Phillies' Infielder's Unassisted Triple Play
NEAL CONAN, host:
So here's the situation at City Field in Queens yesterday afternoon. The New York Mets trail 9-7, bottom of the ninth. Philadelphia Phillies' second baseman Eric Bruntlett muffs two ground balls to put the tying runs on first and second. With nobody out, the Mets try the hit-and-run play. Both runners take off as the pitcher delivers.
Mets' batter Jeff Francoeur smacks a line drive right into Bruntlett's glove. That's one out. Bruntlett then steps on second base to double up the lead runner - two outs - and then turned and tags the man running toward him from first. Ball game over on an unassisted triple play. That is baseball's ultimate rarity, so unusual that baseball nerds treasure the name of Bill Wambsganss, the author of the only unassisted triple play in the World Series in 1920.
According the Elias Sports Bureau, Bruntlett is just the 15th fielder to pull off the trick in the Major Leagues and just the second ever to end a game. The only other example dates to 1927. Two other feats in baseball are almost as unusual. One batter belts two grand slams in a single game and a perfect game, where a pitcher retires every man he faces, 27 up, 27 down. Both have happened fewer than 20 times in history, both have happened this year.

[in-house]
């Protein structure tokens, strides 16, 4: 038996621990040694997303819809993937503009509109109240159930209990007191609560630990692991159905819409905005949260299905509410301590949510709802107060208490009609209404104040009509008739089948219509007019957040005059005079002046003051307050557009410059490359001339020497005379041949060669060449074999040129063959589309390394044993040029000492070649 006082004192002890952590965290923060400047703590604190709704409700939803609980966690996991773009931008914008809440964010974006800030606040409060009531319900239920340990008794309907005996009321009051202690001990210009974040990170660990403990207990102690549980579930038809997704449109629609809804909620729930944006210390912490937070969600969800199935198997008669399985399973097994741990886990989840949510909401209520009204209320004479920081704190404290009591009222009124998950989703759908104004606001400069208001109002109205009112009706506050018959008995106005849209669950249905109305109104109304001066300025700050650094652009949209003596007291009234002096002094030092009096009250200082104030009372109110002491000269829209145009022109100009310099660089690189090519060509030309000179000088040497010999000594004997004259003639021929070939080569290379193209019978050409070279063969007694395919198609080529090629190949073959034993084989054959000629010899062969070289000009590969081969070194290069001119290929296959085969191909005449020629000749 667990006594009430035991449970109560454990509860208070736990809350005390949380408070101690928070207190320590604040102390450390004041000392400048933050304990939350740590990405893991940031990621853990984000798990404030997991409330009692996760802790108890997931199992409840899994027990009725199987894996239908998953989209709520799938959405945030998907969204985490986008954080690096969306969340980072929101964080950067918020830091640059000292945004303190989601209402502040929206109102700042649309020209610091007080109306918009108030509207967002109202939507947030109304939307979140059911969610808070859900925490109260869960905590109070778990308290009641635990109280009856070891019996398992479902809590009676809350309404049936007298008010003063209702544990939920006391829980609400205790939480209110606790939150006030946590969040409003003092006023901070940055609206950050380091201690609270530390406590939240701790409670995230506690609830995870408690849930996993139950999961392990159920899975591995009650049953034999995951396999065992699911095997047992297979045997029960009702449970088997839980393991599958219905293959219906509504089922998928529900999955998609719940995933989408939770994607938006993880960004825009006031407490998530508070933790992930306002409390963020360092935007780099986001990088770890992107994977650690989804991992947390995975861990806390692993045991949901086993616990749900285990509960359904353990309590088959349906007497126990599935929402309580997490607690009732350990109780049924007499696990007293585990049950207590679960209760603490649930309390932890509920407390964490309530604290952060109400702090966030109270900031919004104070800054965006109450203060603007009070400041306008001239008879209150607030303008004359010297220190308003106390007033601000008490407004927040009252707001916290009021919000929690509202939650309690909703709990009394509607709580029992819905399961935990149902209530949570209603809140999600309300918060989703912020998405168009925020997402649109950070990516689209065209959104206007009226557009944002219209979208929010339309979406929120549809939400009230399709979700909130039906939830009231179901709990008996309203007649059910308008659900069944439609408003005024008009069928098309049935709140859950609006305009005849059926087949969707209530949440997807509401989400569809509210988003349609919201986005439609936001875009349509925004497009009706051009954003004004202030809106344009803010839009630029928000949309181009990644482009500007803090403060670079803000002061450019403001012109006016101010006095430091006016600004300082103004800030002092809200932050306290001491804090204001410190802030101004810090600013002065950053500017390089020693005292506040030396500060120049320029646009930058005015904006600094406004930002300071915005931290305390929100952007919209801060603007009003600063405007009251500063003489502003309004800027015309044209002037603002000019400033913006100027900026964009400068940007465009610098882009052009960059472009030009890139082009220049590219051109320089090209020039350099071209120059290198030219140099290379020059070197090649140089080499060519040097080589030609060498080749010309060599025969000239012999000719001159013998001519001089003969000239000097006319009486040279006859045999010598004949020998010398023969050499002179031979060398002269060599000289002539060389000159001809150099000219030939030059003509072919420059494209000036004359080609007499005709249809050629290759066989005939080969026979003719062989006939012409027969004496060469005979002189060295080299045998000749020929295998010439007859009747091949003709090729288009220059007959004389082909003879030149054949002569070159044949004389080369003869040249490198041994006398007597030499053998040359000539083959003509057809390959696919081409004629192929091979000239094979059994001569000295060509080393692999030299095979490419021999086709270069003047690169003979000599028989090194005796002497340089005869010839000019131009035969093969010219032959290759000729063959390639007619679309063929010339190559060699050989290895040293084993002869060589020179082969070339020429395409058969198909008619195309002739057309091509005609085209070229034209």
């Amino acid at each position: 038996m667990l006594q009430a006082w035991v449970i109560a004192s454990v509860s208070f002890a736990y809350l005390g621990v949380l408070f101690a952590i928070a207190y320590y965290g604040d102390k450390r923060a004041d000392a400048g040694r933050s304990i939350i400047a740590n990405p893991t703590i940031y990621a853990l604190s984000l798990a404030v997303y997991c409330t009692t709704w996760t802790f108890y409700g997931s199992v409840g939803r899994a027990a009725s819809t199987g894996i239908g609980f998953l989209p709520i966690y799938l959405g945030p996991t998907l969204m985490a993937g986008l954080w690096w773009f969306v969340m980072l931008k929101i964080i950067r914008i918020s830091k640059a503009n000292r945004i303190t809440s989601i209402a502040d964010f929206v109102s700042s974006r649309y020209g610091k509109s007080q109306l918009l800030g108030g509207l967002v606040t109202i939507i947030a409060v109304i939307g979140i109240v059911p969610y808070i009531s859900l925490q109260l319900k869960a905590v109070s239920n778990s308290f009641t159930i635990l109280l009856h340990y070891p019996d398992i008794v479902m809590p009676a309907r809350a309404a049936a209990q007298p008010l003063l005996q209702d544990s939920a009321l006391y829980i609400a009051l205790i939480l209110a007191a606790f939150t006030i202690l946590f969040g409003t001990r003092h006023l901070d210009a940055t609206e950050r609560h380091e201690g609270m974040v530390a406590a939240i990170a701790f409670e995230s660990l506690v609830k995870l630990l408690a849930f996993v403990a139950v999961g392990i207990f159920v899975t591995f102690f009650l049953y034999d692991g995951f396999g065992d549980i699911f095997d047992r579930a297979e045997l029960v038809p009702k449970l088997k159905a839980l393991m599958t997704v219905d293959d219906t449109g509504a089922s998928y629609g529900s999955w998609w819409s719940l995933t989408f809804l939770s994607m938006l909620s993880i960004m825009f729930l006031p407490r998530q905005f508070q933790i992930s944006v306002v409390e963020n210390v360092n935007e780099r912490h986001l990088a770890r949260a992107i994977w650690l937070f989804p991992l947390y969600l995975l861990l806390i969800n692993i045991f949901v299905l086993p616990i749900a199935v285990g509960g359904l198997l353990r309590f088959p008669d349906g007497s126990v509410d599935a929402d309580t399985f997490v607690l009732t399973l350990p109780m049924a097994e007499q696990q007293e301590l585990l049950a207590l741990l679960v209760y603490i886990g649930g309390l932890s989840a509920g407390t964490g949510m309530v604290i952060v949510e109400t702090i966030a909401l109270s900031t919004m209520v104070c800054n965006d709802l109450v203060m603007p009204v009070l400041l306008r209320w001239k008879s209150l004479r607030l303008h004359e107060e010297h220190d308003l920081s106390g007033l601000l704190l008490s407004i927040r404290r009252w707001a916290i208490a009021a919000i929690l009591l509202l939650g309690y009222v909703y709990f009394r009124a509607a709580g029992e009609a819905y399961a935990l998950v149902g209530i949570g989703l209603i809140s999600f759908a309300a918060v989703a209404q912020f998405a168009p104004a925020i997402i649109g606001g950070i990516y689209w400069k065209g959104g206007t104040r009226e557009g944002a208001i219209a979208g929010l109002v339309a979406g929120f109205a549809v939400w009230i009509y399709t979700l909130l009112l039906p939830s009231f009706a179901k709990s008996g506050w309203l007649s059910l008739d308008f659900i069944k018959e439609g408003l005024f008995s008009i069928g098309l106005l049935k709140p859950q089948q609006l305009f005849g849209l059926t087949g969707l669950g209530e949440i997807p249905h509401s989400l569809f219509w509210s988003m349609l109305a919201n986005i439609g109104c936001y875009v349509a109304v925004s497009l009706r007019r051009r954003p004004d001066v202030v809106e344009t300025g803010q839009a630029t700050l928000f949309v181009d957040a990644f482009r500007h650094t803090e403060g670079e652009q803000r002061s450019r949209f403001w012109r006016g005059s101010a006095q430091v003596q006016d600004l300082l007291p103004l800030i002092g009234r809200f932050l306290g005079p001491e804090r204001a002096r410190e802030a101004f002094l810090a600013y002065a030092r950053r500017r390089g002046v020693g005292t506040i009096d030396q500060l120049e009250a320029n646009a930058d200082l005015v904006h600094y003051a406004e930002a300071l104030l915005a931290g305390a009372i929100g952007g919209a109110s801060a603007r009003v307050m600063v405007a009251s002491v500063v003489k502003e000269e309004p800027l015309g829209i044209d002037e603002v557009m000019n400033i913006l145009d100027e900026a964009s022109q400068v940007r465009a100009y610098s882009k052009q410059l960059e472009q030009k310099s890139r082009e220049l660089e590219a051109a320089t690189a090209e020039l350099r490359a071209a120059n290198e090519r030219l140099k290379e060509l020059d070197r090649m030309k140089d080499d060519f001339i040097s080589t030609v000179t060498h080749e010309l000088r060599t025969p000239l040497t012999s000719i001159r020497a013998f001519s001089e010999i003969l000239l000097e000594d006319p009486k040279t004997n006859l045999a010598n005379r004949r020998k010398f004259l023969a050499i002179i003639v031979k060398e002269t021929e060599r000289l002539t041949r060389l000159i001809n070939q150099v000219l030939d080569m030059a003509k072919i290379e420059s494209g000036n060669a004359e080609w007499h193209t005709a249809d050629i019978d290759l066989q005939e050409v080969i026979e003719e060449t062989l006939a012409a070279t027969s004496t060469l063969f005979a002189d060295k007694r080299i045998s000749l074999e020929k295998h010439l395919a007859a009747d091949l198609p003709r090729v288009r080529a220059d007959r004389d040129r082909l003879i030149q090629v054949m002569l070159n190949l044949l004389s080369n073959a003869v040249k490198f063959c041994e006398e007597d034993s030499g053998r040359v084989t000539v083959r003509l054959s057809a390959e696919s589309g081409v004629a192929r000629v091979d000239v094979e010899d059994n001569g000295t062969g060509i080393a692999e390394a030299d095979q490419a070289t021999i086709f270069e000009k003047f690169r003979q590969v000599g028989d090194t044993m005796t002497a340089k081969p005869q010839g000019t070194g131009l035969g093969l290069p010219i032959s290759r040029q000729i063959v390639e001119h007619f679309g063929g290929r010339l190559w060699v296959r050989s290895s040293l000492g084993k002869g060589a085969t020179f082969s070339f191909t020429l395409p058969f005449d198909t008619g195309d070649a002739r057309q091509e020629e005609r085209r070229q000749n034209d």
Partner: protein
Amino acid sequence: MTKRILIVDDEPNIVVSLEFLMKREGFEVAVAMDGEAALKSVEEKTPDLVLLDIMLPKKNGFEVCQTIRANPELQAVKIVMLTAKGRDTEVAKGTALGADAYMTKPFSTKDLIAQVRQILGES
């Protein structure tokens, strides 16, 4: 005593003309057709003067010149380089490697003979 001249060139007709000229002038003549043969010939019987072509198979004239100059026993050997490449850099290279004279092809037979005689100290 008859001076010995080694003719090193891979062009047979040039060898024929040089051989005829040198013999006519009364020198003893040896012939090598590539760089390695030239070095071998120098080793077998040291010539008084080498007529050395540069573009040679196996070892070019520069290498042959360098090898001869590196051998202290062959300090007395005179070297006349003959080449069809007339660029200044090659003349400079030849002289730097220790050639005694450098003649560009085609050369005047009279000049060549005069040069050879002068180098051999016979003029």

In today's New York Times, George Bretherton reminded us of the philosopher Joaquin Andujar, a Major League pitcher who once said that life and baseball can be summed up in a single word, you never know.
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CONAN: If, for some reason, you were not glued to the Mets-Phillies game yesterday, we posted a link to the video of the triple play, that's at npr.org, click on TALK OF THE NATION.